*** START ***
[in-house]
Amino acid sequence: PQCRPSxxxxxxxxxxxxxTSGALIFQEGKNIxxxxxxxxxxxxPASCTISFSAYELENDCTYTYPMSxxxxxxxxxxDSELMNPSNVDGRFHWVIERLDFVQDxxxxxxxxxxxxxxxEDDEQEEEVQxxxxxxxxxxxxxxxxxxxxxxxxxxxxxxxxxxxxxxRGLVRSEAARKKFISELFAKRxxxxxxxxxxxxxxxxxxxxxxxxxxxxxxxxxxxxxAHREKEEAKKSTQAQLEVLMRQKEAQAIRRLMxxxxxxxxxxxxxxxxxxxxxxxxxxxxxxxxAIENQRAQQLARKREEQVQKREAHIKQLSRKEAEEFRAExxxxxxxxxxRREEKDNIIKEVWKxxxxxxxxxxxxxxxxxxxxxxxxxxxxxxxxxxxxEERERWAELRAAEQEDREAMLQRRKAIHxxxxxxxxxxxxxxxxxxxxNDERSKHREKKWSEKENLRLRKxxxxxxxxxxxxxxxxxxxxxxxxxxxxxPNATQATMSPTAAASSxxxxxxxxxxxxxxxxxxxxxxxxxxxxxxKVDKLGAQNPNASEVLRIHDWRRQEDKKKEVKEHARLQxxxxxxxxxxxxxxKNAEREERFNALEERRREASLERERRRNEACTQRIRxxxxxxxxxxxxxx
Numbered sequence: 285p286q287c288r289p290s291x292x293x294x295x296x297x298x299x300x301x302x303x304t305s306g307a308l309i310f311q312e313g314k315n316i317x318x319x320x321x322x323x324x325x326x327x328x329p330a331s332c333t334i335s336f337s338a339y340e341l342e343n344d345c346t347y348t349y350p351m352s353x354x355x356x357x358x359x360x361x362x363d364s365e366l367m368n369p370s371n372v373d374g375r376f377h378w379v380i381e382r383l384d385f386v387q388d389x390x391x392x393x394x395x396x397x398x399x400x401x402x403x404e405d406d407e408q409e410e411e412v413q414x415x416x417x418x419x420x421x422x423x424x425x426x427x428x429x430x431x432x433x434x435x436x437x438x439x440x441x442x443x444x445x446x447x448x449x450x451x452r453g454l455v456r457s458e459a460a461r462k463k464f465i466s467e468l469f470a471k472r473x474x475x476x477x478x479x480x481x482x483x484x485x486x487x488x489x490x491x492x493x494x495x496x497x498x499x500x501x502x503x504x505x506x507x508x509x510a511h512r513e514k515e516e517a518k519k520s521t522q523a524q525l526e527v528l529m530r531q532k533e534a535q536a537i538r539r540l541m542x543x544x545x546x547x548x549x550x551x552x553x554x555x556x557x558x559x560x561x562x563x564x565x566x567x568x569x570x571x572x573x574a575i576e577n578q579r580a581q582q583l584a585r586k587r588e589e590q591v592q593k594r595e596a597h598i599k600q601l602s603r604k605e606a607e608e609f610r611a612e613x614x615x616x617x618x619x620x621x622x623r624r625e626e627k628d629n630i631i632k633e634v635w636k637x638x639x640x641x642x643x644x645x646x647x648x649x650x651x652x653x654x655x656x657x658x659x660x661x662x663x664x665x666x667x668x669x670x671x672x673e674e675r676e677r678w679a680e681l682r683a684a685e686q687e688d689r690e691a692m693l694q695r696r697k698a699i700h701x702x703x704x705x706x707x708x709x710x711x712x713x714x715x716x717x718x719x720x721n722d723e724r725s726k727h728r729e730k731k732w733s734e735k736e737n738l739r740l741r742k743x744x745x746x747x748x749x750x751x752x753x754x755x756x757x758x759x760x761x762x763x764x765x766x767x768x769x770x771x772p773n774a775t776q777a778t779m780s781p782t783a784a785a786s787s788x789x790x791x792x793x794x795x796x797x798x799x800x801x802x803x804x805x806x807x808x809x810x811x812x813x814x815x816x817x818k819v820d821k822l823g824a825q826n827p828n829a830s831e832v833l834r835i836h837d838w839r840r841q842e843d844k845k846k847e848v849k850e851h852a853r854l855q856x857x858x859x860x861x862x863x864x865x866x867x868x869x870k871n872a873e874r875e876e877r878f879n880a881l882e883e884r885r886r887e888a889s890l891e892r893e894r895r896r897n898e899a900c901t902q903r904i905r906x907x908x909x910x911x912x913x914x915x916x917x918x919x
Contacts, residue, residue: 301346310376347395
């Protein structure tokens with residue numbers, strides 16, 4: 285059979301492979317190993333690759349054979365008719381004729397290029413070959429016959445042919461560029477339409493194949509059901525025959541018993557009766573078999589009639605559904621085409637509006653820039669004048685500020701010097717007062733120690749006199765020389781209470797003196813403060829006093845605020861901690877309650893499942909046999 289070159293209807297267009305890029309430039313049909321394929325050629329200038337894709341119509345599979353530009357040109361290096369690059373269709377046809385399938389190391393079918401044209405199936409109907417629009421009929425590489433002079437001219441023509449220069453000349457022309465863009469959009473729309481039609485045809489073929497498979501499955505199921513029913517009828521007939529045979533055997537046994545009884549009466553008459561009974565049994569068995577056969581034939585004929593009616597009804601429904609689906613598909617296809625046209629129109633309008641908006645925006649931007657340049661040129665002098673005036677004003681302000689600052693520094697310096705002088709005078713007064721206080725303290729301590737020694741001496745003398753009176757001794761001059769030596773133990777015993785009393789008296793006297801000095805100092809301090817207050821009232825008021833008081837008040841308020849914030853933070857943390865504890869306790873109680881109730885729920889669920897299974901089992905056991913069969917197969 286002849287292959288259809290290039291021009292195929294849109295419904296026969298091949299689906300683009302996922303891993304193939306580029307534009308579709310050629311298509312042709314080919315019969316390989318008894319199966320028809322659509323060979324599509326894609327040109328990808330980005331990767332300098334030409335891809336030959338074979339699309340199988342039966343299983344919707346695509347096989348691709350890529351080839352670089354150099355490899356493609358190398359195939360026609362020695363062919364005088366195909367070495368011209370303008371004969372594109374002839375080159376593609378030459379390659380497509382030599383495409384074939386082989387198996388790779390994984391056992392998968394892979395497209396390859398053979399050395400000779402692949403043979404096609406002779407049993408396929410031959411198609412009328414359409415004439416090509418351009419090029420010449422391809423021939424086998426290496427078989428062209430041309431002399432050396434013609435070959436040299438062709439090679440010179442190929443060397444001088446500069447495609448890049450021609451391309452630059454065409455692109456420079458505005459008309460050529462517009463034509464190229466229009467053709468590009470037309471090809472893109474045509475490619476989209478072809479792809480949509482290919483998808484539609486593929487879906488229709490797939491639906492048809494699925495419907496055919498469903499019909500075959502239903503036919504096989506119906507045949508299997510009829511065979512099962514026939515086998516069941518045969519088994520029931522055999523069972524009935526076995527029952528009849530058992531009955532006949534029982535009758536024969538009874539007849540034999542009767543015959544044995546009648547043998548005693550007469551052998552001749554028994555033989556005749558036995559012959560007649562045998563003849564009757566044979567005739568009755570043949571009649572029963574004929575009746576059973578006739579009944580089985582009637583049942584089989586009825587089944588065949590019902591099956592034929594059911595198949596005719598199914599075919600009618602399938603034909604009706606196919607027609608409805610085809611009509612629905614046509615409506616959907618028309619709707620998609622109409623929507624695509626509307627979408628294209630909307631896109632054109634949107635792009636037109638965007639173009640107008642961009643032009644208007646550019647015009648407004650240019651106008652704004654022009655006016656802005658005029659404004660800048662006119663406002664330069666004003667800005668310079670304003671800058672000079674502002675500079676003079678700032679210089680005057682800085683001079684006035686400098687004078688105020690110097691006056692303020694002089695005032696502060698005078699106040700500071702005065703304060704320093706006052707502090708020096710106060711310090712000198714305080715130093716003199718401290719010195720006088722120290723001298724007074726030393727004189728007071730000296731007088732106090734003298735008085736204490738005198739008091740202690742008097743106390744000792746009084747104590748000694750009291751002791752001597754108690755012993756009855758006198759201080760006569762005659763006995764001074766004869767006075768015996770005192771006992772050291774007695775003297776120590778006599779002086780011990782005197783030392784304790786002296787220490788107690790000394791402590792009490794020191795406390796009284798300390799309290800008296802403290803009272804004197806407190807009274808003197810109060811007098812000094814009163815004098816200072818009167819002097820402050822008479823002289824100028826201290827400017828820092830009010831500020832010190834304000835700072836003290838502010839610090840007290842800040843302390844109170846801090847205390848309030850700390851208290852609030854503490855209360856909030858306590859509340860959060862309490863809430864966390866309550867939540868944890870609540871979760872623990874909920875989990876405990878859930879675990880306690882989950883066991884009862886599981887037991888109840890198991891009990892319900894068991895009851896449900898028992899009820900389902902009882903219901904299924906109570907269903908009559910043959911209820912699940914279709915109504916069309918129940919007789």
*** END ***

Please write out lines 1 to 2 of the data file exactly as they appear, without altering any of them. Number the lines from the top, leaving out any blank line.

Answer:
[in-house]
Amino acid sequence: PQCRPSxxxxxxxxxxxxxTSGALIFQEGKNIxxxxxxxxxxxxPASCTISFSAYELENDCTYTYPMSxxxxxxxxxxDSELMNPSNVDGRFHWVIERLDFVQDxxxxxxxxxxxxxxxEDDEQEEEVQxxxxxxxxxxxxxxxxxxxxxxxxxxxxxxxxxxxxxxRGLVRSEAARKKFISELFAKRxxxxxxxxxxxxxxxxxxxxxxxxxxxxxxxxxxxxxAHREKEEAKKSTQAQLEVLMRQKEAQAIRRLMxxxxxxxxxxxxxxxxxxxxxxxxxxxxxxxxAIENQRAQQLARKREEQVQKREAHIKQLSRKEAEEFRAExxxxxxxxxxRREEKDNIIKEVWKxxxxxxxxxxxxxxxxxxxxxxxxxxxxxxxxxxxxEERERWAELRAAEQEDREAMLQRRKAIHxxxxxxxxxxxxxxxxxxxxNDERSKHREKKWSEKENLRLRKxxxxxxxxxxxxxxxxxxxxxxxxxxxxxPNATQATMSPTAAASSxxxxxxxxxxxxxxxxxxxxxxxxxxxxxxKVDKLGAQNPNASEVLRIHDWRRQEDKKKEVKEHARLQxxxxxxxxxxxxxxKNAEREERFNALEERRREASLERERRRNEACTQRIRxxxxxxxxxxxxxx